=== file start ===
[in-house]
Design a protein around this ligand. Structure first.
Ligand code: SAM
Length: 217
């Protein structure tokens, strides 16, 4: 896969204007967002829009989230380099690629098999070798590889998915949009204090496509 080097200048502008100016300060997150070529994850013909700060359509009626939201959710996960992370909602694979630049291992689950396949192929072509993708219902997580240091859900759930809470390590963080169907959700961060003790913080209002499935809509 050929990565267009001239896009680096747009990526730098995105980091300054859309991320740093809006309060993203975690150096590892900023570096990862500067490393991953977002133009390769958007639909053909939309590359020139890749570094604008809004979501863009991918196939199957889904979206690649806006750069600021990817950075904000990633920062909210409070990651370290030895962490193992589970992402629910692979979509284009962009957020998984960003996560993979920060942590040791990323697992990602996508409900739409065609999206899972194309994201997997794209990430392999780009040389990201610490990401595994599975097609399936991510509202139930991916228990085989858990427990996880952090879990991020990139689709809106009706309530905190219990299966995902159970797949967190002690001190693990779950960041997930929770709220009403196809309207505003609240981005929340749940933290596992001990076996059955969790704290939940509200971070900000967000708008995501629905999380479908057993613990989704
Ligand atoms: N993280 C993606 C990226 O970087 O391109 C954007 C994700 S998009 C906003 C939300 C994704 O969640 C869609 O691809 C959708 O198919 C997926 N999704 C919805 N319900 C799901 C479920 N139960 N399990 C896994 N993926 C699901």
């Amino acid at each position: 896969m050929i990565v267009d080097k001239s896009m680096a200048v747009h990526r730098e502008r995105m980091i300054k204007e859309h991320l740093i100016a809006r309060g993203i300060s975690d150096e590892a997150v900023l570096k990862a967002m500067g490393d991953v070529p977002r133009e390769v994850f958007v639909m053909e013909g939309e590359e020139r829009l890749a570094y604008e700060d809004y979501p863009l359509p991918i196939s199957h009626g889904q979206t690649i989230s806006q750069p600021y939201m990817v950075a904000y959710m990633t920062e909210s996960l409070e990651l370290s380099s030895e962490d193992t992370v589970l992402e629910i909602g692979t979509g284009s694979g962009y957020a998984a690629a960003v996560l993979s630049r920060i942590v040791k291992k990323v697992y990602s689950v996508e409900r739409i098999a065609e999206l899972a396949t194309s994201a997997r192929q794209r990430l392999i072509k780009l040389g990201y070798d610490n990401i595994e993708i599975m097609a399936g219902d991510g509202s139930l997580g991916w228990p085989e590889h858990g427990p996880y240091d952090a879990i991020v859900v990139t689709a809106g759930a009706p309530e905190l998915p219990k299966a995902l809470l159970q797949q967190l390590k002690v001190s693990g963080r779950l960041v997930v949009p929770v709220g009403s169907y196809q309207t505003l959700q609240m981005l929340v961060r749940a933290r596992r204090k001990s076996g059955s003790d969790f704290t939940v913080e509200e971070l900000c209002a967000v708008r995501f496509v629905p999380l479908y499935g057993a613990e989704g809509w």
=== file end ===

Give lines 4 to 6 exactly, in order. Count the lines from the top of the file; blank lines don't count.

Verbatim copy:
Length: 217
């Protein structure tokens, strides 16, 4: 896969204007967002829009989230380099690629098999070798590889998915949009204090496509 080097200048502008100016300060997150070529994850013909700060359509009626939201959710996960992370909602694979630049291992689950396949192929072509993708219902997580240091859900759930809470390590963080169907959700961060003790913080209002499935809509 050929990565267009001239896009680096747009990526730098995105980091300054859309991320740093809006309060993203975690150096590892900023570096990862500067490393991953977002133009390769958007639909053909939309590359020139890749570094604008809004979501863009991918196939199957889904979206690649806006750069600021990817950075904000990633920062909210409070990651370290030895962490193992589970992402629910692979979509284009962009957020998984960003996560993979920060942590040791990323697992990602996508409900739409065609999206899972194309994201997997794209990430392999780009040389990201610490990401595994599975097609399936991510509202139930991916228990085989858990427990996880952090879990991020990139689709809106009706309530905190219990299966995902159970797949967190002690001190693990779950960041997930929770709220009403196809309207505003609240981005929340749940933290596992001990076996059955969790704290939940509200971070900000967000708008995501629905999380479908057993613990989704
Ligand atoms: N993280 C993606 C990226 O970087 O391109 C954007 C994700 S998009 C906003 C939300 C994704 O969640 C869609 O691809 C959708 O198919 C997926 N999704 C919805 N319900 C799901 C479920 N139960 N399990 C896994 N993926 C699901």